Vaughn loses any sense of tone or pacing when he pushes the overall plot to the background to focus on Conrad and a jarring, brutally realistic take on WWI trench warfare. It’s more 1917 than anything in the Kingsman series before or since and bound to confuse, perplex, or even irritate audiences who stepped into the movie theater expecting a light action-comedy, not a serious-minded war drama. It breaks, maybe irreparably, the unspoken contract-bond between filmmaker and audience. Filmmakers implicitly promise audiences a certain kind of film genre (e.g., action, drama, comedy) or even a blend of genres, but generally, those elements and with them audience expectations are set in the opening scenes.

Even when the trench scenes end, though, The King’s Man still has the better part of an hour to resolve its overarching conspiracy plot, one in which a revitalized Orlando finally sets aside any qualms about violence or pretensions of pacifism to kill for Queen, King, and Country. It’s there that The King’s Man resembles its predecessors the most, though given who and what Orlando serves and the sequel-ready ending, it’s just as clear that Vaughn unironically wants to celebrate a simpler, less complicated time, in in which the British Empire enjoyed an unparalleled preeminence and unquestioned dominance it would relinquish just two decades later.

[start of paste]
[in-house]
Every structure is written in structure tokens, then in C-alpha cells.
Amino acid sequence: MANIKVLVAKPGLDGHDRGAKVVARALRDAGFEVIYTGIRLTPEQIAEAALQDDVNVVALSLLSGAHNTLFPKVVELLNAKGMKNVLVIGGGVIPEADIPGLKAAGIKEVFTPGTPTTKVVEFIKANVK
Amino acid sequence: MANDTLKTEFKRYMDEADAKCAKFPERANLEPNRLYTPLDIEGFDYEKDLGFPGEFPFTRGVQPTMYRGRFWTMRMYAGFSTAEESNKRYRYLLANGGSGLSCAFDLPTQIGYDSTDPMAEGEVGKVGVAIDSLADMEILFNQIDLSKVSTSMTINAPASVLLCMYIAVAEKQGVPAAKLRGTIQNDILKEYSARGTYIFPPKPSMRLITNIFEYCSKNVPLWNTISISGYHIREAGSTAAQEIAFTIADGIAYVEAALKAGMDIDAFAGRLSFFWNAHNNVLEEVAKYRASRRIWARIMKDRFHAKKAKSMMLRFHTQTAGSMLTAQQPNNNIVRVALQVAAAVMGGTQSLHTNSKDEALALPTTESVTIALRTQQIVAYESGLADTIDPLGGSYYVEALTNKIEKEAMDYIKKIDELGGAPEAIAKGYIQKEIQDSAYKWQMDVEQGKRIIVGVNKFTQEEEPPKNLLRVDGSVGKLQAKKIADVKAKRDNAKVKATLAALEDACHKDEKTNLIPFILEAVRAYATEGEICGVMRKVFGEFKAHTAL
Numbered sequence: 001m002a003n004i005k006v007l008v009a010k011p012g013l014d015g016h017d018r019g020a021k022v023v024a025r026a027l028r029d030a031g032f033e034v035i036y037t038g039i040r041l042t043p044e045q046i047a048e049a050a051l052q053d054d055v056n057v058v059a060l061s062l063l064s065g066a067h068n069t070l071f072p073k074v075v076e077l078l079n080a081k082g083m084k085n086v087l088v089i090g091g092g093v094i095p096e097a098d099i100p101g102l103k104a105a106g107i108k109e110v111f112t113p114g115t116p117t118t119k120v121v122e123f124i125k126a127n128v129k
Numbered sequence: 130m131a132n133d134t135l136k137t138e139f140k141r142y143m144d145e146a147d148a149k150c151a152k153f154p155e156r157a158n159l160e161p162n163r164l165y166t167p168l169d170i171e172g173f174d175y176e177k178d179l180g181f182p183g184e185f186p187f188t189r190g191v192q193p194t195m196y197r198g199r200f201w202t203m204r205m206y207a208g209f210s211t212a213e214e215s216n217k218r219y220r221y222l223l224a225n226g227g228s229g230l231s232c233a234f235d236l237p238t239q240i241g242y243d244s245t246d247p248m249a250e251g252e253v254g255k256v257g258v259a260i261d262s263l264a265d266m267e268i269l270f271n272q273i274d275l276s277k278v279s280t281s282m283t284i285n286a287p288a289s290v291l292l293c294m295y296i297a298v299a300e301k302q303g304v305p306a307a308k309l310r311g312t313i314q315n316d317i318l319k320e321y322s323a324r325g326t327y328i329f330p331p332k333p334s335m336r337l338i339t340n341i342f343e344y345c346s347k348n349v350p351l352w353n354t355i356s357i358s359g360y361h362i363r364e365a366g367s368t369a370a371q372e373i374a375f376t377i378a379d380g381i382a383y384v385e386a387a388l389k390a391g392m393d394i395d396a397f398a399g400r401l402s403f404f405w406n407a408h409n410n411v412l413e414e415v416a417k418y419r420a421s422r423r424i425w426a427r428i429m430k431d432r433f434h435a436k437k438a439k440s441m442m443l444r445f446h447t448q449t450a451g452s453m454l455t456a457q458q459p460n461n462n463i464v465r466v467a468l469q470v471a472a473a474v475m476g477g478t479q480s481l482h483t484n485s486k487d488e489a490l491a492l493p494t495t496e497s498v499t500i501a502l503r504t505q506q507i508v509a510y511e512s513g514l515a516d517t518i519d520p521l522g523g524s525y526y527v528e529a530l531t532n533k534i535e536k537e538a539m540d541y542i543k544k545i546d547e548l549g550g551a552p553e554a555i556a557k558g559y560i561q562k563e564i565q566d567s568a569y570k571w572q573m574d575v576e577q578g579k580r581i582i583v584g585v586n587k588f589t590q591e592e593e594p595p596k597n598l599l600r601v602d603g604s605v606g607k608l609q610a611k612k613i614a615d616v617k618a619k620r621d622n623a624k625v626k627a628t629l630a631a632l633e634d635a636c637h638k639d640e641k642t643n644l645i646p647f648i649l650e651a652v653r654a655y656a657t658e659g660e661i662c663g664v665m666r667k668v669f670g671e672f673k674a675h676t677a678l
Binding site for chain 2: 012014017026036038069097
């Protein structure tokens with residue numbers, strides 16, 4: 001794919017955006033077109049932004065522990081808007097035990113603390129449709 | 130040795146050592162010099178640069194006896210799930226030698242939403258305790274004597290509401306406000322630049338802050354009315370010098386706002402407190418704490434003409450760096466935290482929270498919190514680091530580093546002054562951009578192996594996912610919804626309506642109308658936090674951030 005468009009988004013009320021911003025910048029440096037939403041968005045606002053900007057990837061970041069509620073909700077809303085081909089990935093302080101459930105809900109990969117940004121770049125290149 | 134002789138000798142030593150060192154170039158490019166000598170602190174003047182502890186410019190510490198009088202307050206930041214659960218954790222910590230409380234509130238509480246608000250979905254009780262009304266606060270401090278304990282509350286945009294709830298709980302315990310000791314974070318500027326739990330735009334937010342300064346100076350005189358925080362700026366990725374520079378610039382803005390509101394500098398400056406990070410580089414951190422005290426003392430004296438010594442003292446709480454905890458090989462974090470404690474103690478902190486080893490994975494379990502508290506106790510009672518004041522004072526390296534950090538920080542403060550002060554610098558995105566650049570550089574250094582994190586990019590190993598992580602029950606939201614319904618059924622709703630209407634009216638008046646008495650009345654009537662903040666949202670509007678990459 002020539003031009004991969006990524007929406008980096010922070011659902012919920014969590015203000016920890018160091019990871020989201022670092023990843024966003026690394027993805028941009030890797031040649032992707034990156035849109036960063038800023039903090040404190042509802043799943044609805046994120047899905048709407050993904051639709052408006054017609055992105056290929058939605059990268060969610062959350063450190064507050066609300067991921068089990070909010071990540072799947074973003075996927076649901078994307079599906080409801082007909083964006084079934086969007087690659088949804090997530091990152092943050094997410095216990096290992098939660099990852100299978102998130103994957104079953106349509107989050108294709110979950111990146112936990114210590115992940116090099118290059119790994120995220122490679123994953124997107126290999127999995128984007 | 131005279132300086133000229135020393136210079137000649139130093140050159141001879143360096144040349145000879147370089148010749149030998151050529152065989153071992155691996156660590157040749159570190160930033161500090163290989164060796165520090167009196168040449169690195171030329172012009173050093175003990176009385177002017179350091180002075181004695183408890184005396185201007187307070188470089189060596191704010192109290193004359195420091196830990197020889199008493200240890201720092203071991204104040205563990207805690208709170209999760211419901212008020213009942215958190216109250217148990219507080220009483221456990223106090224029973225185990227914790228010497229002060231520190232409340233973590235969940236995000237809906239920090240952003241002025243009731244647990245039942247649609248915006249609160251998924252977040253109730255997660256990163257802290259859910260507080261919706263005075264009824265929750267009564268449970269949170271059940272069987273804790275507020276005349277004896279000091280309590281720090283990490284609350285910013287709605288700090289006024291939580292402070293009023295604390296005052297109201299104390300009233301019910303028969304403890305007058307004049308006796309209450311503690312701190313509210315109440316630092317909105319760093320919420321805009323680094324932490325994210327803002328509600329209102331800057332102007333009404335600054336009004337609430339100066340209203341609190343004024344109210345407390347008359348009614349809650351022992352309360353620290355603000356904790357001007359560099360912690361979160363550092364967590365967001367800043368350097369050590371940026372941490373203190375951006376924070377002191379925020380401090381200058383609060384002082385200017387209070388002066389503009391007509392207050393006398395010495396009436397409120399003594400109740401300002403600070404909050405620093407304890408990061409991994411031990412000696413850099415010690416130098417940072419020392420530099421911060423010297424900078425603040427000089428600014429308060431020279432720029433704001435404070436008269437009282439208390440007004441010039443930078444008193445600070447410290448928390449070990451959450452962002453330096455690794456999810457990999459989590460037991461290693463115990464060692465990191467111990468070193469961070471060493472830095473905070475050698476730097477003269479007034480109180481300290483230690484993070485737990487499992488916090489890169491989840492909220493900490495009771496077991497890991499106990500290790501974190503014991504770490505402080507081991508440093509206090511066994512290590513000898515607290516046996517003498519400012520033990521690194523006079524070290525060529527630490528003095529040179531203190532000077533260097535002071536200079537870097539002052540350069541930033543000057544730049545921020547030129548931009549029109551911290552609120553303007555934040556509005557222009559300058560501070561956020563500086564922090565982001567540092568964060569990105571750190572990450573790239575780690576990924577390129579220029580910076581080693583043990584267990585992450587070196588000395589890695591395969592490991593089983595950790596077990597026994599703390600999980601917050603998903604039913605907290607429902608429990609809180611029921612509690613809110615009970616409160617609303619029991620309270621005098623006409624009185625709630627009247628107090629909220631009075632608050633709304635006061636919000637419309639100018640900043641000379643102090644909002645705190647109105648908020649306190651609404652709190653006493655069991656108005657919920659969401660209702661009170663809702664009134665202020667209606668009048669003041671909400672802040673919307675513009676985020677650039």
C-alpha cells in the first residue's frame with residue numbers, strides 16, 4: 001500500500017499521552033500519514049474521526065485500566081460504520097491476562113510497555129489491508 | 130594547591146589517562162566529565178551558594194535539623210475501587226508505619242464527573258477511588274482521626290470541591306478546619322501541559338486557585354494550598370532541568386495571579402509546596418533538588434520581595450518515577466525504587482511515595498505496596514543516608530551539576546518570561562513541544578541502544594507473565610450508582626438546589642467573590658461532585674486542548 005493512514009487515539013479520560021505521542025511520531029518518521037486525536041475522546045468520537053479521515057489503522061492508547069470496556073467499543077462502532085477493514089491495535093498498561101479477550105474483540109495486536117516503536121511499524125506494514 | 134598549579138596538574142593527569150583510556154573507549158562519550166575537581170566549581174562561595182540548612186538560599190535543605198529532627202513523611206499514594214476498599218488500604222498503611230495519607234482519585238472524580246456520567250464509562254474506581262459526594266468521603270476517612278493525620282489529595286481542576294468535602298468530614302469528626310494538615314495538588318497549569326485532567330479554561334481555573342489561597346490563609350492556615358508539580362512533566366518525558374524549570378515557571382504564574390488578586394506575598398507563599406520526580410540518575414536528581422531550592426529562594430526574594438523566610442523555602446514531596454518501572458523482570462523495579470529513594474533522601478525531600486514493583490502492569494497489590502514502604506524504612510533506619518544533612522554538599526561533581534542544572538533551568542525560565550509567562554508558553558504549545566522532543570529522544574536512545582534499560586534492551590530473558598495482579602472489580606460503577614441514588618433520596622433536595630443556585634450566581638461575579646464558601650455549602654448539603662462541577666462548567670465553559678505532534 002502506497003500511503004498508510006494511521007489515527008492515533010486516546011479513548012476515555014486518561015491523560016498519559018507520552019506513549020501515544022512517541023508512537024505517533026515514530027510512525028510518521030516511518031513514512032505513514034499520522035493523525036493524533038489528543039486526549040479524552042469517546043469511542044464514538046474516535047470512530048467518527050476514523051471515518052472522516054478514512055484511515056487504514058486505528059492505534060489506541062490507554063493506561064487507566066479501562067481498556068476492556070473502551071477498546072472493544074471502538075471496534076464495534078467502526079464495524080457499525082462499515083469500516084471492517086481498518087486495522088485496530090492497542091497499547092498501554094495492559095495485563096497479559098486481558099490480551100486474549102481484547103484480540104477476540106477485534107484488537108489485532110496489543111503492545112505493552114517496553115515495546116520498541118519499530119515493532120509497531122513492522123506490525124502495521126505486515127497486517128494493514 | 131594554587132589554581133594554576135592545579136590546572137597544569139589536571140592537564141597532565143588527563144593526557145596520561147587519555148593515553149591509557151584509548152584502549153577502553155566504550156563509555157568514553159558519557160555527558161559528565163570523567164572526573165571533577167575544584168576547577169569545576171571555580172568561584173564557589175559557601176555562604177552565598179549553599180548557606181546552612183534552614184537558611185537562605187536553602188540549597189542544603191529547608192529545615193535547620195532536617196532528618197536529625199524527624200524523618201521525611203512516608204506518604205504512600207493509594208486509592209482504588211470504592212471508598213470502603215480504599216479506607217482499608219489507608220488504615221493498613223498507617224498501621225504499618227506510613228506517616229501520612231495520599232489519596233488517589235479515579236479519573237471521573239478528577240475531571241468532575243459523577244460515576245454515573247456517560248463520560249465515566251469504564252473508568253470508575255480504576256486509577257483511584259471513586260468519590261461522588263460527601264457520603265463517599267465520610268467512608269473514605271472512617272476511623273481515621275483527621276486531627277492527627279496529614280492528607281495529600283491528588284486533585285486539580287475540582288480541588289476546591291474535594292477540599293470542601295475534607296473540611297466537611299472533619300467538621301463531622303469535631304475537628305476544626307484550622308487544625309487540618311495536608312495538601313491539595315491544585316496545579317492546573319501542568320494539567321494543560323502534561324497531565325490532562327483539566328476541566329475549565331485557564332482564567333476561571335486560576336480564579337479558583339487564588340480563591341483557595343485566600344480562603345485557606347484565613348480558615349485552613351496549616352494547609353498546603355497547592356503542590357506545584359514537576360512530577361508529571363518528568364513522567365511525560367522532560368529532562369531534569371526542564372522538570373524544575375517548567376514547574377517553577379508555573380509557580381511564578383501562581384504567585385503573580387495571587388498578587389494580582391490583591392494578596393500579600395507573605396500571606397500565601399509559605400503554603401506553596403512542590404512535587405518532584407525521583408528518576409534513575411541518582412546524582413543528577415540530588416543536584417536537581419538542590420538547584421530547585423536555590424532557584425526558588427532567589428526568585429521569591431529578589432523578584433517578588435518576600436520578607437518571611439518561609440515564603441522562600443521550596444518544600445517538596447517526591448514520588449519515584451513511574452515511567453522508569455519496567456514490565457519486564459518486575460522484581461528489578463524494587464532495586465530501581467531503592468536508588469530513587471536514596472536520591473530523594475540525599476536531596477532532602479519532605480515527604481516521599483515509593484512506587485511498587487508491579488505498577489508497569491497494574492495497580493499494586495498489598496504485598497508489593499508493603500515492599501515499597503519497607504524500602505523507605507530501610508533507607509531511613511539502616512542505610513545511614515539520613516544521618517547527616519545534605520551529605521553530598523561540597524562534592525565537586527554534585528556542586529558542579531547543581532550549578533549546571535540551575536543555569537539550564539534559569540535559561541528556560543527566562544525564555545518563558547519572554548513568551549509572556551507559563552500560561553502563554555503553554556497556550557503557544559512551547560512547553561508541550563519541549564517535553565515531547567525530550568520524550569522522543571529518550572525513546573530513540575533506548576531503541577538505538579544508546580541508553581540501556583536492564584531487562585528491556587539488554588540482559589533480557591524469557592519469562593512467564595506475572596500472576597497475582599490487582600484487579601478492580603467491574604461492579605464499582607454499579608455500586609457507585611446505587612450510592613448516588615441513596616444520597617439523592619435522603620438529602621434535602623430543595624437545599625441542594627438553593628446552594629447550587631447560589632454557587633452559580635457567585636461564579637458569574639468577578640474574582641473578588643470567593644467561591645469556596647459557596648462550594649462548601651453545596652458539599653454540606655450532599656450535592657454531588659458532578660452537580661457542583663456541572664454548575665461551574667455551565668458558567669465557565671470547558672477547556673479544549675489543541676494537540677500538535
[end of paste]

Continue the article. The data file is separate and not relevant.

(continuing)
The King's Man opens exclusively in movie theaters Wednesday, December 22 via 20th Century Studios.

The King's Man

  • Matthew Vaughn
  • Matthew Vaughn
  • Karl Gajdusek
  • Mark Millar
  • Ralph Fiennes
  • Gemma Arterton
  • Rhys Ifans
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Charles DanceDjimon HounsouGemma ArtertonHarris DickinsonKarl GajdusekMatthew GoodeMatthew VaughnRalph FiennesThe King's ManMark MillarRhys IfansActionAdventureComedy